Monday, 24 December 2012

Christmas Day Sermon


The Significance of Christmas


Sermon based on John 1:1-14 and Hebrews 1:1-12

A Sunday-School teacher or pre-schoolers was concerned that her students might be a little confused about Jesus Christ because of the Christmas season emphasis on his birth.  He wanted to make sure they understood that the birth of Jesus occurred for real.  He asked his class, “where is Jesus today?

Steven raised his hand and said, “He’s in heaven.
Mary answered, “He’s in my heart.”  
Little Johnny, waving his hand furiously, blurted out, “I know, I know!  He’s in our bathroom!!!

The whole class went very quiet, looked at the teacher, and waited for a response. The teacher was completely at a loss for a few very long seconds.  Finally, he gathered his wits and asked Little Johnny how he knew this.  

Little Johnny said, Well… every morning, my father gets up, bangs on the bathroom door, and yells, “Good Lord, are you still in there?!

This morning, we are celebrating the most extraordinary event ever to take place in the history of the world.  US astronaut Hale Irwin, put it like this when he returned to the earth after standing on the moon: “The most significant achievement of our age is not that man stood on the moon, but rather that God in Christ stood upon this earth.” 

This is what we are celebrating today, that God choose to come to earth as a human.  History is littered with examples of men who would become gods, but only one example of God becoming man.  God choose to leave heaven and be born as a tiny, weak, vulnerable baby.  He chose a young unmarried teenager, to be the mother of Jesus.  God didn’t choose a powerful or wealthy family to be born into, but an ordinary working class family.  He chose to be born not in a palace, but in a rough stable.  As we dwell on the significance of Christmas it is almost beyond our imagining. 

In the Christmas story angels feature a great deal.  We are told that an angel appeared to shepherds tending their sheep, to tell that that a Saviour has been born.  The shepherds’ immediate response we’re told is one of fear in seeing something as wonderful and majestic as an angel. 

On hearing this news, the shepherds go in search of Jesus, and what they discover is a child being nursed by his mother.  The scene must have been very different to what the shepherds had seen with all the angels.  But what is so amazing is that this tiny infant, who is totally dependent upon the love of Mary and Joseph, is greater and more powerful than the angels that the shepherds saw.   This is how the Gospel of John puts it: In the beginning was the Word, and the Word was with God, and the Word was God.  He was with God in the beginning.  Through him all things were made; without him nothing was made that has been made…. The Word became flesh and made his dwelling among us. We have seen his glory, the glory of the One and Only, who came from the Father, full of grace and truth.”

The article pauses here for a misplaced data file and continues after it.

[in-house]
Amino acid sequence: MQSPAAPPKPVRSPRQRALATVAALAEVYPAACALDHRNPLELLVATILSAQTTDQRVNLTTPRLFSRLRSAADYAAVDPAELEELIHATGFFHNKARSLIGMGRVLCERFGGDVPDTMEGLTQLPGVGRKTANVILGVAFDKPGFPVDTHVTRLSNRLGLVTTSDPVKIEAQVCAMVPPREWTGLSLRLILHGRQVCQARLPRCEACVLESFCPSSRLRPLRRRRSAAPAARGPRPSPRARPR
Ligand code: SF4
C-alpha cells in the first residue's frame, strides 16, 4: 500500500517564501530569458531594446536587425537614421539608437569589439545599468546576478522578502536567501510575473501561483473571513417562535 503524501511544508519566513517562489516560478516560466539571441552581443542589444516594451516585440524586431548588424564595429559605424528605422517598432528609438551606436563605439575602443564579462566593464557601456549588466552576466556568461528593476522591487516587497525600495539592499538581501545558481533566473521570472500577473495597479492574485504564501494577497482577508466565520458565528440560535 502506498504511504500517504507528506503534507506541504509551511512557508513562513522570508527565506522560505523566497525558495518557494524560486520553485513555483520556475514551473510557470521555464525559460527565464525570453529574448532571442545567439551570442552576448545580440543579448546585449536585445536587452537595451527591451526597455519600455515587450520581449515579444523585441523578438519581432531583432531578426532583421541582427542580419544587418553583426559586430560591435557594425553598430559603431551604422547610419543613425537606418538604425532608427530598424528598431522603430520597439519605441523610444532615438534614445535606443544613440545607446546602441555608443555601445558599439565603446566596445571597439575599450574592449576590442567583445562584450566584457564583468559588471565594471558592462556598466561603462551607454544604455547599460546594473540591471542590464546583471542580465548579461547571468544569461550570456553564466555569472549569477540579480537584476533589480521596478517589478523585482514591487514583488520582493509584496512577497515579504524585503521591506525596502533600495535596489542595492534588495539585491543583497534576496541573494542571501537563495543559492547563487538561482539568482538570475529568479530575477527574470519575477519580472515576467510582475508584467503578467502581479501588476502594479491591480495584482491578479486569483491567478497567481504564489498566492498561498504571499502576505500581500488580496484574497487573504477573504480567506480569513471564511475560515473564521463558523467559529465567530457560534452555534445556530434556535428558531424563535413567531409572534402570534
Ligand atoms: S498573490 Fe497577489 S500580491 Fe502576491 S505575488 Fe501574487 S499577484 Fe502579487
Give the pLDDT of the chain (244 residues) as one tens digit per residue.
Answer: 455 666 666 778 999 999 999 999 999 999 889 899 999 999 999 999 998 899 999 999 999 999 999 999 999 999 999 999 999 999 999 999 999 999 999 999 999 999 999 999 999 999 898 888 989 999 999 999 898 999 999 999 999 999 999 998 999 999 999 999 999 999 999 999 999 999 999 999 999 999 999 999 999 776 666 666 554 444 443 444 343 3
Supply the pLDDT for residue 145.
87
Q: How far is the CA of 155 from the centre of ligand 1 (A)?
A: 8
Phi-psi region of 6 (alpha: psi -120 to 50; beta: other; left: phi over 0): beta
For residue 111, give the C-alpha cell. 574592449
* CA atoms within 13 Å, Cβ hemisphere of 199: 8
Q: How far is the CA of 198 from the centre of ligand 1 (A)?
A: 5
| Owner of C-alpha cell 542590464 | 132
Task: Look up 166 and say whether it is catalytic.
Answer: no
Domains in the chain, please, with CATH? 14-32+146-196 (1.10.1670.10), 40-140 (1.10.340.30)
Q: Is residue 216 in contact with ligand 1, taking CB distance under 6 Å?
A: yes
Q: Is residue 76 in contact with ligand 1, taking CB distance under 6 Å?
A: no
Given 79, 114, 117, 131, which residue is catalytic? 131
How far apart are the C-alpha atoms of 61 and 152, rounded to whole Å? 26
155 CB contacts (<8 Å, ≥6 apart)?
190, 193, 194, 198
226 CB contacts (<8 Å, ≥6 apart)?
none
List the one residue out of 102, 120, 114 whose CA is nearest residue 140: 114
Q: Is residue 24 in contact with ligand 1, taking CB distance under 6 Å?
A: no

We see from this Gospel who Jesus truly is.  Firstly he is God, The Word was with God, and the Word was God.  This is also emphasized in the reading from Hebrews.  In these last days he has spoken to us by his Son, whom he appointed heir of all things, and through whom he made the universe.  We also read that "In the beginning, O Lord, you laid the foundations of the earth, and the heavens are the work of your hands.”

He goes on to write that Jesus is the radiance of God’s glory and the exact representation of his being. (1:3)  The idea contained here is of the radiance which burst out of a brilliant light, like the sudden appearance of a glorious dawn at sunrise.  Jesus is the reflection of God’s glory, this is why John writes, We have seen his glory, the glory of the One and Only, who came from the Father, full of grace and truth.  He also talks about Jesus being the exact representation of God’s being, in other words Jesus shares God’s nature, he is in very essence God.  The point being made by the writer to the Hebrews is that Jesus the Son is identical to God the Father, they are one and the same.  And we read in Hebrews that it is Jesus who sustains all things.  By this it means that Jesus is still actively involved in the world.  God didn’t just create the world and then step back and leave the world to its own devises, like some sort of divine watchmaker who having made a watch leaves it to run on its own mechanism.  No, God, through Jesus is still active in the world, lives are being touched and changed by his love.  Personally my life, has been transformed by knowing Jesus.